[An excerpt from Running Up That Hill is shown. Brown addresses the camera:]
The years between seventeen and twenty-seven are normally considered to be the most developmental in an artist's life. [This is absolute nonsense.] When Mozart was seventeen, he was playing to the crowned heads of Europe. When Kate Bush was seventeen she had her first hit single with Wuthering Heights. I asked her how spending those 10 years as a successful pop singer influenced her art.
"I'm not convinced they are the most influential years, I must say. I think when you're a kid, they're incredibly influential, I mean so many writers, and I don't know about singers...But from a creative point of view you're always drawing back to things way back in your childhood. But a lot of things have changed for me in that period you were talking about, and I think it's been incredibly useful for me to be successful during this time, in that I've been able to work with people and find sources of information that perhaps I wouldn't have otherwise. Unfortunately, so much of what we do in this business is based on money. Equipment is so very expensive. So if you are successful, you stand a chance of having more of this equipment available and that does definitely affect the way you work."
[A section of Strange Phenomena from the Hammersmith film is shown.]
When listening to your album, from the very first to the most recent, there's a change in your voice and it seems that your voice is lower and a little more aggressive, as if you're working harder in punching out the lyrics.
"Lyrics have always been very important for me, and all people go through phases of things they try out, and at that period when I made that first album, I was very much experimenting with a higher vocal range. It was just something I wanted to try out, and also the production has a tremendous amount to do with things like that. But my voice has changed a lot, and I think that is basically what I see as the difference, that as I grow up, my voice has grown up with me and has become stronger and stronger, and I can do things now with my voice that were not easy for me to do years ago."
Has your voice lost any of its range?
"I can get up there if I need to, but I just prefer working in this range now. I think a lot of females go through that. If you listen to Joni Mitchell, her early stuff is very high, and with each album she gets lower and lower. It's just a progressive thing for people."
[Cloudbusting is shown.]
I've been noticing a theme of science in the last few songs you had out. Cloudbusting was an experiment that went very well, but Experiment IV was one that want wrong. But in both cases the scientists were sympathetic characters, but they were frustrated and manipulated. Is that what you think about scientists?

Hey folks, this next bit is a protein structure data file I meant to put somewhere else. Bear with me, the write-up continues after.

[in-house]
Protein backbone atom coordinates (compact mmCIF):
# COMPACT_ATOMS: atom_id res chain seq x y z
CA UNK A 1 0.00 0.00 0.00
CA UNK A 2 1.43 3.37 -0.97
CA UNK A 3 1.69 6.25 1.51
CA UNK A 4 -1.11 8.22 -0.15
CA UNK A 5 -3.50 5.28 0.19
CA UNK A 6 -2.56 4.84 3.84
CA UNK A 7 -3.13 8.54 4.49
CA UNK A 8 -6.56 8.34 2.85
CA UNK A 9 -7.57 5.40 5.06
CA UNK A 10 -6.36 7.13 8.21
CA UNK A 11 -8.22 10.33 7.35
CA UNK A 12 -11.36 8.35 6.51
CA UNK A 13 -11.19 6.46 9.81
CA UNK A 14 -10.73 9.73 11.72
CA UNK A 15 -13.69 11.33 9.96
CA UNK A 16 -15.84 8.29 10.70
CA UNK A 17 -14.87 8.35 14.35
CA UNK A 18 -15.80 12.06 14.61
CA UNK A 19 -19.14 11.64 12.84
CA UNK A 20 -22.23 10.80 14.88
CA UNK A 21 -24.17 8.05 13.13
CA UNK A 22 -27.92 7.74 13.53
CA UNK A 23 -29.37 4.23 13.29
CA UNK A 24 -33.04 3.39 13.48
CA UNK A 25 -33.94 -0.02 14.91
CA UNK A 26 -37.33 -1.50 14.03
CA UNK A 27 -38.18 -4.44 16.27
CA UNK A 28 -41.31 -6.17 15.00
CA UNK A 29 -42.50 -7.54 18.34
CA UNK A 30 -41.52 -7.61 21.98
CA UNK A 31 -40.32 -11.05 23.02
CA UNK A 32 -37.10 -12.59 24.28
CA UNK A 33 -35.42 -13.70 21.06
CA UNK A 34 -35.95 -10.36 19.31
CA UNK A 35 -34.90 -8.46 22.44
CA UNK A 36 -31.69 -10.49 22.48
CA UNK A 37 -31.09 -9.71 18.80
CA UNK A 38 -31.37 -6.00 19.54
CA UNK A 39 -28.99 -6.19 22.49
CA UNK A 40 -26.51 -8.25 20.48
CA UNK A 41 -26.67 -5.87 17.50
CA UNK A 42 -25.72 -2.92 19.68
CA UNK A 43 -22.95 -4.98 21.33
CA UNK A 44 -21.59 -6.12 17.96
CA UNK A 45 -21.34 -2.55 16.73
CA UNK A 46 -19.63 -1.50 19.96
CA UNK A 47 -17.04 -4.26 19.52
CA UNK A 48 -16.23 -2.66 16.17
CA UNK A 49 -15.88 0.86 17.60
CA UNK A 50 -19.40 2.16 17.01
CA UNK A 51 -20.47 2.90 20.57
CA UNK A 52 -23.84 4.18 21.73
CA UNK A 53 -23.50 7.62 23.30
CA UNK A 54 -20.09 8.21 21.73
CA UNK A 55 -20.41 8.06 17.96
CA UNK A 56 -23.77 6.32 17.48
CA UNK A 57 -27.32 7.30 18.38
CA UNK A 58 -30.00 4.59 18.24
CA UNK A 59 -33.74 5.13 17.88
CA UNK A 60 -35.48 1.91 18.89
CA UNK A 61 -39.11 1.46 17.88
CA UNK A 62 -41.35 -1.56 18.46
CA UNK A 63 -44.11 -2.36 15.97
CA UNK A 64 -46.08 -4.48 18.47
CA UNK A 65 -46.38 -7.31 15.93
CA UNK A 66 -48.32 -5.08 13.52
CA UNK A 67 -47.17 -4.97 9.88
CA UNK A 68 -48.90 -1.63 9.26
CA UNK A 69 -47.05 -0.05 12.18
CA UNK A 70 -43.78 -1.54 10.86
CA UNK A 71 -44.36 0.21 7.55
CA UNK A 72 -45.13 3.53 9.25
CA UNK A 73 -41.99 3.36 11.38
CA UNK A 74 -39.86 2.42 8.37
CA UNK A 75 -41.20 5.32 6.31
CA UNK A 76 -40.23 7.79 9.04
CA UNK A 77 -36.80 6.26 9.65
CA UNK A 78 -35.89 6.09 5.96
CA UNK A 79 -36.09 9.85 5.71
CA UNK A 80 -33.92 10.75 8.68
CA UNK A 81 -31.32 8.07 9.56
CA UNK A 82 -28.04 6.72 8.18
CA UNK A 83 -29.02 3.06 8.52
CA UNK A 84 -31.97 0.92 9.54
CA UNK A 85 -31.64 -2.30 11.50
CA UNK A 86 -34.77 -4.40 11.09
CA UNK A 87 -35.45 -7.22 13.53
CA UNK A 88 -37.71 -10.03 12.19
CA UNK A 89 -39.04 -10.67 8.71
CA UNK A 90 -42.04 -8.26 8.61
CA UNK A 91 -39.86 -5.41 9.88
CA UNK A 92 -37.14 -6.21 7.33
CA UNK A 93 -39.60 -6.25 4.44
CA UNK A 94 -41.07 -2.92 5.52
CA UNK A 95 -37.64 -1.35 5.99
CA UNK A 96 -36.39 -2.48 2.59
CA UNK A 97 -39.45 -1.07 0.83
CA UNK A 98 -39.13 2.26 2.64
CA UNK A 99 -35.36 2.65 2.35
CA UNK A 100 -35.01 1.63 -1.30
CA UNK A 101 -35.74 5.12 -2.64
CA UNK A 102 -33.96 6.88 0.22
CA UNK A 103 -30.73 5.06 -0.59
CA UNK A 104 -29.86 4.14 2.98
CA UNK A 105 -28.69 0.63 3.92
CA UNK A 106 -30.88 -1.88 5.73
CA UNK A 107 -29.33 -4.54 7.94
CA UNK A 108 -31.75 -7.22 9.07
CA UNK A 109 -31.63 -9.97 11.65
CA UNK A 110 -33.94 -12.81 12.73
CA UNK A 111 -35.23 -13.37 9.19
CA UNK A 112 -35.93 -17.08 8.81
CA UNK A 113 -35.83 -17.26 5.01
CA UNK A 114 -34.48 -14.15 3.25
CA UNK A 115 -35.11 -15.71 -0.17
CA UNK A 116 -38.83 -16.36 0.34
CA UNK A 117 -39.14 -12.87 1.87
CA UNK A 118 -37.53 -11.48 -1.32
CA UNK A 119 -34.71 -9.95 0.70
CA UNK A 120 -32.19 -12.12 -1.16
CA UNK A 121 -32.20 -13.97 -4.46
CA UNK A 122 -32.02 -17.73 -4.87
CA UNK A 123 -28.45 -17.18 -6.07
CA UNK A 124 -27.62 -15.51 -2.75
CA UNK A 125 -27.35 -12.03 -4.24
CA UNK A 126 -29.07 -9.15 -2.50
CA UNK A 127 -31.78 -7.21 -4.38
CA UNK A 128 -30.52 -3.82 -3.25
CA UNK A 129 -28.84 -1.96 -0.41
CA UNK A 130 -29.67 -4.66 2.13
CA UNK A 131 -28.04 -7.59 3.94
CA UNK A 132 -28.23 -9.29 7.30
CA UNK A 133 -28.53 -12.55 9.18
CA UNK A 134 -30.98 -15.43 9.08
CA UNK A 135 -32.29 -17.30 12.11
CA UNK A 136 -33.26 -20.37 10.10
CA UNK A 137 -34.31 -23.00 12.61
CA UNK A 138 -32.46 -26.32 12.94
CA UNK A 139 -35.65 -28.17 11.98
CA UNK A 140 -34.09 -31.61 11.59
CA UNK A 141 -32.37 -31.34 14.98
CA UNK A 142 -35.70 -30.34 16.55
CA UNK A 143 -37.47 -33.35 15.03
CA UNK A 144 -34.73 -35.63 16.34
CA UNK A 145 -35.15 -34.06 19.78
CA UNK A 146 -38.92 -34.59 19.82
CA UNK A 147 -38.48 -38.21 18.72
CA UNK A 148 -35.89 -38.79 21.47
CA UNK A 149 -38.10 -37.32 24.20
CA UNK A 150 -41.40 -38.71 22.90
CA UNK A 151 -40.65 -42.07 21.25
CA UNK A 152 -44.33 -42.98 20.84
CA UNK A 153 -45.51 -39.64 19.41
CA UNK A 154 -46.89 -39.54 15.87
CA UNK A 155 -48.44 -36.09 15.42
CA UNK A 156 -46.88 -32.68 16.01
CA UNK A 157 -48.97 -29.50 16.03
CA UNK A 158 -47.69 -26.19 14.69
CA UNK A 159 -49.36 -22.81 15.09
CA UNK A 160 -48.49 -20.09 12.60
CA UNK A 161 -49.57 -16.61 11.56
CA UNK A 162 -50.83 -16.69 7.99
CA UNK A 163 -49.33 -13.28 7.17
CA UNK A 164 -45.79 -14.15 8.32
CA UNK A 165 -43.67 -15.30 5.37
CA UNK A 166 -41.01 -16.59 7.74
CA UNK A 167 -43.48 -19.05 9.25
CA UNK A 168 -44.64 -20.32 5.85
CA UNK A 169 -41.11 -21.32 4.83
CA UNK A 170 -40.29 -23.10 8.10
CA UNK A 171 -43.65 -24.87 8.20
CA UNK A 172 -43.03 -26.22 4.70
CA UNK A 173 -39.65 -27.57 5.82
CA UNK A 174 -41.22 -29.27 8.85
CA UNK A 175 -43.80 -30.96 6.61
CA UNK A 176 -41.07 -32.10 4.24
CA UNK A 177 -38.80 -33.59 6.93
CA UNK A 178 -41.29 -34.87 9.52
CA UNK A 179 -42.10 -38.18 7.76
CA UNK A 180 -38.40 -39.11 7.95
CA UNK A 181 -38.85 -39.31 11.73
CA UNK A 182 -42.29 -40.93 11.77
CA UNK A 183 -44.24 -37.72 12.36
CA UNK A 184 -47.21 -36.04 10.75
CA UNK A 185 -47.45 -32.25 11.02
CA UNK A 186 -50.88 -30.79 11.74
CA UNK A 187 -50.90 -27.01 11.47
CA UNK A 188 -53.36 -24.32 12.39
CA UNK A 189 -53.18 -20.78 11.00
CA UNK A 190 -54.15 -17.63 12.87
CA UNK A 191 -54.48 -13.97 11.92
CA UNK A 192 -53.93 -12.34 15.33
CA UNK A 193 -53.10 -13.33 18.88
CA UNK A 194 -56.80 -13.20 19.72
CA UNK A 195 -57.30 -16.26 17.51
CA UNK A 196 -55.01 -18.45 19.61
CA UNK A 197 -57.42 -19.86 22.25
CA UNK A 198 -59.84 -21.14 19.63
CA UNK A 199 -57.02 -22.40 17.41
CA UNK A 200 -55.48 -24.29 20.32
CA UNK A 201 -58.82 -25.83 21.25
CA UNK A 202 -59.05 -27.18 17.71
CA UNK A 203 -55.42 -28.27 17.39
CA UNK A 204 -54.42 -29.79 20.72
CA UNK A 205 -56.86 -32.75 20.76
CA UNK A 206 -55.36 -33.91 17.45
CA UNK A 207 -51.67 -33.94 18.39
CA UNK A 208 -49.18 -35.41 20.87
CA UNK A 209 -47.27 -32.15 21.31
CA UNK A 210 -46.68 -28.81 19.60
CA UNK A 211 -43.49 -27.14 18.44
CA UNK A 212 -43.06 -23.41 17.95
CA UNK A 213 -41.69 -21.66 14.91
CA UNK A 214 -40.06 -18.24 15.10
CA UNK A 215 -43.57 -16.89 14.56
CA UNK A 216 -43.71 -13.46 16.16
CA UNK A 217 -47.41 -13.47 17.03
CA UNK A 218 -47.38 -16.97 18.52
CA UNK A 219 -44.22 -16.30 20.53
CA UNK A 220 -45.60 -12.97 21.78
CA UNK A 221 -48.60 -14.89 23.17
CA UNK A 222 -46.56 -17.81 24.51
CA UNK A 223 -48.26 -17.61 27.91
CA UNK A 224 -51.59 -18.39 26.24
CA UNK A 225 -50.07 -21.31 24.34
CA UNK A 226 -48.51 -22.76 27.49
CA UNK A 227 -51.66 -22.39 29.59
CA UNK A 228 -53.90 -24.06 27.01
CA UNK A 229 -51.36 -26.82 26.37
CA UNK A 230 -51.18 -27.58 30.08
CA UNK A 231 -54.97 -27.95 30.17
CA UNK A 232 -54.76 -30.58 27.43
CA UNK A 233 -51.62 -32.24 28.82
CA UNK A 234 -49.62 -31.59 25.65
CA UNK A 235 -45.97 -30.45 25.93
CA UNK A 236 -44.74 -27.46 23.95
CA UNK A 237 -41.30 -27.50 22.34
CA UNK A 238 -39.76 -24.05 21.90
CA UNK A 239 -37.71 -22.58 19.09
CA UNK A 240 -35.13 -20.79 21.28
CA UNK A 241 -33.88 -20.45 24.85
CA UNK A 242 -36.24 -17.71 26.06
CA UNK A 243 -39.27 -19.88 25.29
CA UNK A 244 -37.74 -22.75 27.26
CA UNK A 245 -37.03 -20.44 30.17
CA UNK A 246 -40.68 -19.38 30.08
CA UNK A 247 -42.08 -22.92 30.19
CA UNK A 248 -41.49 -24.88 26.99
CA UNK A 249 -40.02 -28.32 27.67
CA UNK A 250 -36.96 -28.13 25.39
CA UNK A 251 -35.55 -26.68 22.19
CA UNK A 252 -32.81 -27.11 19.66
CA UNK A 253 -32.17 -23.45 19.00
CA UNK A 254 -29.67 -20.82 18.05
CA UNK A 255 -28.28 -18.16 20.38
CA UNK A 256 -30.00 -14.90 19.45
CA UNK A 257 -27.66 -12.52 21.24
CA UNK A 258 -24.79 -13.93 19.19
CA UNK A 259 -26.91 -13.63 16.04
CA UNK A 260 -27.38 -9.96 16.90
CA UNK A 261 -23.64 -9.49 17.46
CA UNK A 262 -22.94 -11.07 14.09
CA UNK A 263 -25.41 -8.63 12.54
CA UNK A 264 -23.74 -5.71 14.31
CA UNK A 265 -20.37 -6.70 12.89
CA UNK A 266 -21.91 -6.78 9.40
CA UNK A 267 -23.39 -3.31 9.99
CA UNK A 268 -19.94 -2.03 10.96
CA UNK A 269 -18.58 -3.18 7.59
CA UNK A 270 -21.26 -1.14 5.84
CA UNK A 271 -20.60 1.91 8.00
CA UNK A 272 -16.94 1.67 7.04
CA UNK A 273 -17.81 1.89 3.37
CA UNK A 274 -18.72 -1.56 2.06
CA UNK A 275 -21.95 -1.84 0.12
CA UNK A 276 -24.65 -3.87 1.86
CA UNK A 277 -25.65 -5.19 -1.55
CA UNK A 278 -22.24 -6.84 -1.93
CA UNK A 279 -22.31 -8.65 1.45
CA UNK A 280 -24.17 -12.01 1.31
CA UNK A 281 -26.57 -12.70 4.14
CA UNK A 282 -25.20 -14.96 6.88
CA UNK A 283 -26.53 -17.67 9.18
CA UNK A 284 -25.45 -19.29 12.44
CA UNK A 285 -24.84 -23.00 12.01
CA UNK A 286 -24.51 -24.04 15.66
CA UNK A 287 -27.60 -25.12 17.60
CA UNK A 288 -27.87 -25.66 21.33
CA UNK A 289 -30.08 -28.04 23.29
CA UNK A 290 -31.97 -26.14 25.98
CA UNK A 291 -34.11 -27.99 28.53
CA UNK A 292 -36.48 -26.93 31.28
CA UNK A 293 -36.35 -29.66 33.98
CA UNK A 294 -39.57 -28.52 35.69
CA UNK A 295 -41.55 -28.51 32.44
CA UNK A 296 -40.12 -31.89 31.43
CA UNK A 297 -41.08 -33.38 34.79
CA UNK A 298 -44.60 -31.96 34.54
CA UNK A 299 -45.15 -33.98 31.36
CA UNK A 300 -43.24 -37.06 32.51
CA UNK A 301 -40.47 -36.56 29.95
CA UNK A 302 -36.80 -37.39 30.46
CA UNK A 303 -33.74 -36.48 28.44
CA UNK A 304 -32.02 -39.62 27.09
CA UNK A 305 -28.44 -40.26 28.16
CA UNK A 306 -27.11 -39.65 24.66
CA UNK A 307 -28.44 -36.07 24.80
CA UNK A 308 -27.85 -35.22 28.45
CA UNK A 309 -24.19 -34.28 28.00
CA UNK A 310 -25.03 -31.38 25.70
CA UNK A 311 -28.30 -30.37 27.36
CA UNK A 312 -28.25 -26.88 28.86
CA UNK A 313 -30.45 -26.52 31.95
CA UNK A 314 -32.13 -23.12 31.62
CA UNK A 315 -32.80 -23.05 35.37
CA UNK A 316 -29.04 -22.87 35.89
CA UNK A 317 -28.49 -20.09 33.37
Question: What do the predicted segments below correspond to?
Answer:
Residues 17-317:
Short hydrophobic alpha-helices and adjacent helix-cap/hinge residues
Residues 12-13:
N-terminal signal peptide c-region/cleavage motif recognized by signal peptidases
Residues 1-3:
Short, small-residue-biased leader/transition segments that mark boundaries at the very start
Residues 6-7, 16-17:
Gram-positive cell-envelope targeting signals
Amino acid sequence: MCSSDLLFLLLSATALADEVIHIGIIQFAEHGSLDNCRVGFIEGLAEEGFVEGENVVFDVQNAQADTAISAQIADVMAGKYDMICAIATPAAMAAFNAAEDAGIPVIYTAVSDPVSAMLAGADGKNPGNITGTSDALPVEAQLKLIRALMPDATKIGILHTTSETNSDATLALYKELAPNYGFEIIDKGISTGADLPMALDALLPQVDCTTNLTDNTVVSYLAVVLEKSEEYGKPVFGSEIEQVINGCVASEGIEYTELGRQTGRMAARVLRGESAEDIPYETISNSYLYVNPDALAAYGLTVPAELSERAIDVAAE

"I don't think it's always what I think about scientists, but I think they are fascinating in that so often they're trying to create something that they consider positive, productive and very much something that would help mankind, but so often along the way those good intentions end up being used, particularly by other people, for completely the opposite reasons. Particularly experiments that end up being used by the military, things like the atom bomb. I can see that perhaps when the guy was originally playing with that idea, he had no idea where he'd end up, and that I'm sure that he wouldn't have the evil intentions in his head initially. He was so caught up, so obsessed with the pure level of the science that he didn't actually realize how it could be used."
What do you think about scientific experimentation? Are there limits to the things that people should be working on?
"I think that's very much part of the fascination, is that people have to do that, that's what human beings are about--discovering things, and perhaps the problem is that they're normally always connected by forces that do not have that same kind of creative curiosity. The consequences, that's the problem; the consequences are quite often hindsight, rather than on the way."
[An excerpt from Experiment IV is shown.]
"I consider music a really positive force, it's something that is there to help people, to make them happy, to make them think. So many wonderful things, music therapy...It's a very positive energy and there's something incredibly beautiful about music. And the thought of people using sound in such a negative way--and there are definitely sonic experiments that go on, that are used by the military--it's so obscene. The irony of using something that's so beautiful, in a way, to actually kill people rather than help them, I find fascinating."
A lot of your songs and videos are filled with frightening or disquieting images. Are you an uneasy person?
"I think anyone that has any kind of creative outlet is uneasy, and that's what makes them need to express themselves. I think all human beings are uneasy on some level. How can you not be when we don't really know what we're doing here and what we're meant to do with it, it's the continual questioning going on."
[Breathing is shown, concluding the programme.]
To the Reaching Out (Interviews) Table of Contents
"The pull and the push of it all..." - Kate Bush
Marvick - Hill
Willker - Mapes
Grepel - Love-Hounds